If you notice that your dog is becoming less active, having tenderness when walking, or having difficulty climbing stairs, you may want to get him or her checked for arthritis at your vet. While large breeds—like Great Danes and German Shepherds, may be more prone to developing arthritis, any dog can develop arthritis as he or she ages. Here are four ways you can help your dog manage arthritis.
1. Adjust Your Home Set-Up
You can improve your dog's quality of life by making simple changes around your home. For instance, if your dog is struggling to hop up onto a bed or couch, you can ask your vet for recommendations for pet ramps. Some dogs with arthritis may struggle with food/water bowls on the floor since they may have to crouch down, so you may want to get a small box to raise these bowls up for easier access. Lastly, consider the flooring in your home. Tiles and wooden floors can be difficult for dogs with arthritis since they have less traction and may feel unsteady as they walk, so adding a few rugs can help your dog feel more supported.
2. Ask Your Vet About Medications & Support Treatments
A vet may recommend non-steroidal anti-inflammatories (NSAIDs) to help your dog manage arthritis. NSAIDs limit the release of prostaglandins, or chemicals that can cause inflammation, pain, and stiffness. Some dogs may need to try a few different medications to find the right fit, as some medicines may have unwanted side effects, like nausea or diarrhea. If your dog doesn't respond well to medications, ask your vet about support treatments, like low-level laser therapy (LLLT). One study found that LLLT could improve a dog's quality of life and could possibly reduce the need for analgesic administration.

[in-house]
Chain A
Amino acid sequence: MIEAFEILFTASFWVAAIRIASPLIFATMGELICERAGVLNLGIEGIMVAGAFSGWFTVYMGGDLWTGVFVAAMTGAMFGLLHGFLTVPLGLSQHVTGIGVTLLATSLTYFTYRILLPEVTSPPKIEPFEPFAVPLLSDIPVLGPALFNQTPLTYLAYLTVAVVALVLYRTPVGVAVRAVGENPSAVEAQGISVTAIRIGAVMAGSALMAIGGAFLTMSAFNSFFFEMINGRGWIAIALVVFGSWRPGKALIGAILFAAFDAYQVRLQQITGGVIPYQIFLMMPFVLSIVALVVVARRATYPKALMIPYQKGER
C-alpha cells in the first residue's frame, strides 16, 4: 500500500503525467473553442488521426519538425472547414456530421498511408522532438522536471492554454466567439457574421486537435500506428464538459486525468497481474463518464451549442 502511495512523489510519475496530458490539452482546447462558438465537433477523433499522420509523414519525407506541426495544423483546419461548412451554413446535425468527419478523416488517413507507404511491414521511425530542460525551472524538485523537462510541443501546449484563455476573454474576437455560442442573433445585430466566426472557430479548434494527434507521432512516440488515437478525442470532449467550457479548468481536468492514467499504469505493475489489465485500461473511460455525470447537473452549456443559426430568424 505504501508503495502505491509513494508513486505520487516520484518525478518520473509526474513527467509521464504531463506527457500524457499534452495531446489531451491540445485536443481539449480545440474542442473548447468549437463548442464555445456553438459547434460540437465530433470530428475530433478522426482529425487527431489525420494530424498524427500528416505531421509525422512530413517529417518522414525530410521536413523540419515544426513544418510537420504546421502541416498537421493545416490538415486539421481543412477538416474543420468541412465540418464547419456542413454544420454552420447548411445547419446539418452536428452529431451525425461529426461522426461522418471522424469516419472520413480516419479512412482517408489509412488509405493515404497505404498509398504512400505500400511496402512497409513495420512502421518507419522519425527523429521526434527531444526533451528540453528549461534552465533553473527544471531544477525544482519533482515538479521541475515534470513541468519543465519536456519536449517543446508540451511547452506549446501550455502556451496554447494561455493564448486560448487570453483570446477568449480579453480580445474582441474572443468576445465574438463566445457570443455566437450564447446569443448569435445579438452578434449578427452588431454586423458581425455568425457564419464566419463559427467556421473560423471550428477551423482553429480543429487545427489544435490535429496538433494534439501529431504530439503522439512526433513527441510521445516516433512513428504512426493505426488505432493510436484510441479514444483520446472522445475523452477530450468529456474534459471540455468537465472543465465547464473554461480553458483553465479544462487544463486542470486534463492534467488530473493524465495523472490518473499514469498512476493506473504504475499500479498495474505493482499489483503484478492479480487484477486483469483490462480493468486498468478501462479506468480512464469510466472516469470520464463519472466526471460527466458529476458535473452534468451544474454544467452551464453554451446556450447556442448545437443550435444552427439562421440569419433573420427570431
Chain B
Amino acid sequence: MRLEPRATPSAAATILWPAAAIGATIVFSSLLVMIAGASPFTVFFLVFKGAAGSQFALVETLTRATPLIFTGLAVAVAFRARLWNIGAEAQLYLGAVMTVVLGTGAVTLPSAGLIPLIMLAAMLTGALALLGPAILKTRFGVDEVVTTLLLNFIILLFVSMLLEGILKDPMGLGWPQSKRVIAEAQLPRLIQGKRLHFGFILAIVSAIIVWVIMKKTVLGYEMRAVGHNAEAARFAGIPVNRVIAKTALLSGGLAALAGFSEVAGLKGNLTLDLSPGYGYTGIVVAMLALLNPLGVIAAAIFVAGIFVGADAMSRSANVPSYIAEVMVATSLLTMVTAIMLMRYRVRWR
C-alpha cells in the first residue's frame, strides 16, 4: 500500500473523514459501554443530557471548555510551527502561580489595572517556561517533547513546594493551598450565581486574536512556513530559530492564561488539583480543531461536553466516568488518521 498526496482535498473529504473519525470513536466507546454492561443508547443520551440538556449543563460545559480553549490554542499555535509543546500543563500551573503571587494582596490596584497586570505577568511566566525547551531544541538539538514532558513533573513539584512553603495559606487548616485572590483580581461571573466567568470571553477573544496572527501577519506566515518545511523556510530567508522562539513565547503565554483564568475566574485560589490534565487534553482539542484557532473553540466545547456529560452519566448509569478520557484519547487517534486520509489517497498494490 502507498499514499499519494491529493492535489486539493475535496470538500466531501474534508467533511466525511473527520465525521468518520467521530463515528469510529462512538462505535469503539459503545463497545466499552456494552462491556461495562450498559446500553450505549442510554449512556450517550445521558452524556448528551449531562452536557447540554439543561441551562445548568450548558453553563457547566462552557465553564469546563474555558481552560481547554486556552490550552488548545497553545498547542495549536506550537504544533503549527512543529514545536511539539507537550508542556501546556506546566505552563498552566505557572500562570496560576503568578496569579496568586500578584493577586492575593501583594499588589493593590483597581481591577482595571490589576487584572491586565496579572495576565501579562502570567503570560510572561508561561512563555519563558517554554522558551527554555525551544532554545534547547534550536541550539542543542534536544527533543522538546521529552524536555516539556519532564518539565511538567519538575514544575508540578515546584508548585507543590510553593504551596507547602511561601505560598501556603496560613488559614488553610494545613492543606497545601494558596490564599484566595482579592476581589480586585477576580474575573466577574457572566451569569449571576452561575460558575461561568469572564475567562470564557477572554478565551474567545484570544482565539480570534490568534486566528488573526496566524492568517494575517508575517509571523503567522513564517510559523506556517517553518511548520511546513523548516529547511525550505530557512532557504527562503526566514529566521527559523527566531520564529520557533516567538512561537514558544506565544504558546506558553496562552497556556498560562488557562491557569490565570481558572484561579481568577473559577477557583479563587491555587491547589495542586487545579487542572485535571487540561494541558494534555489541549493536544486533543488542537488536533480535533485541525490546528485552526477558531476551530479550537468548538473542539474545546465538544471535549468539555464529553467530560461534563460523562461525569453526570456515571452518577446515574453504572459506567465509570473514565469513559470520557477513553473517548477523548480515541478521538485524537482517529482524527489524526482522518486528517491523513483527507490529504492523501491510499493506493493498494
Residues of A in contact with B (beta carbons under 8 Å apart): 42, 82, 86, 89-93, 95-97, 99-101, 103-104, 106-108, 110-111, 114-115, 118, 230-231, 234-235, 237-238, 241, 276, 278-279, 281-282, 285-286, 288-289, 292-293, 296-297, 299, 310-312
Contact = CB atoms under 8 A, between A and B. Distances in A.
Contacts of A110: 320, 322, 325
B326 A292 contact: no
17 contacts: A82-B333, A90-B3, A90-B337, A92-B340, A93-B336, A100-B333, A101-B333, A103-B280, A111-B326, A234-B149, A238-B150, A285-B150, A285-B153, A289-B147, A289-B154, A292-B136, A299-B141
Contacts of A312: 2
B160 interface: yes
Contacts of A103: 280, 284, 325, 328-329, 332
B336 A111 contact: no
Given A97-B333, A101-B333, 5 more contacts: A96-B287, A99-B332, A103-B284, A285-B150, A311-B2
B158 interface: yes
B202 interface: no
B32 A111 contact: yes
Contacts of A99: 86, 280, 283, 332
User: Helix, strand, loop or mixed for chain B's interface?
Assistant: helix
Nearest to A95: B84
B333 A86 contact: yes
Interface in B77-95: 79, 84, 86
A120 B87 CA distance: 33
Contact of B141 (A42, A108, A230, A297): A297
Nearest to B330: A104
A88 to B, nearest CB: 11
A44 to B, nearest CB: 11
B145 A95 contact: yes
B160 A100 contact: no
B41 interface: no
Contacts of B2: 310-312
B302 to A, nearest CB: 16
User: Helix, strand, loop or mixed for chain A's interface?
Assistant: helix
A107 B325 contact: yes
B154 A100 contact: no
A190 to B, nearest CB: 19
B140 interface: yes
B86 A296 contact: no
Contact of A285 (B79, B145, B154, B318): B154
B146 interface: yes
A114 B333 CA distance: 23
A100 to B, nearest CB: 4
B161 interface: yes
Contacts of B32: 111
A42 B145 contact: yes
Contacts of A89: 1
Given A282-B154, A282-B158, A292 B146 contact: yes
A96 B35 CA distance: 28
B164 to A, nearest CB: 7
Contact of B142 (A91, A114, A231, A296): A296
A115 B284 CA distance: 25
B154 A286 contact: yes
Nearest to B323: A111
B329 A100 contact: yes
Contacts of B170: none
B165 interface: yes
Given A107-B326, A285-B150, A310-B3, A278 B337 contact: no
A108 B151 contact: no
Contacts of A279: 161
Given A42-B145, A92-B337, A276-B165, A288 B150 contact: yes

3. Reassess Your Dog's Diet
Your dog may have had the same food for many years, but it's a good idea to reassess his or her diet with the vet. When a dog has arthritis, he or she may not be as active and may not need a high-calorie diet since that could lead to weight gain. Your vet may also recommend a specialized diet that's rich in omega-3 fatty acids and glucosamine since these can provide joint support and rebuild cartilage. Your vet might recommend that you cut back on processed treats and offer healthier treats like kale or broccoli.
4. Help Your Dog with Gentle Physical Activity
Your dog's arthritis may make it too difficult for fetch and other games that require quick running, turning, or jumping. However, gentle exercise is still important for dogs with arthritis to maintain their joints and avoid weight gain, which can place extra pressure on joints. Short walks are a great way to help your dog manage his or her arthritis. You may want to also invest in a harness rather than a collar for the leash since harnesses can provide more support around arthritis forelimbs. If walks are too difficult, some vet clinics do offer hydrotherapy, massage, and physical therapy, which can help your dog maintain his or her range of motion.
Reach out to a vet in your area today to learn more about dog care.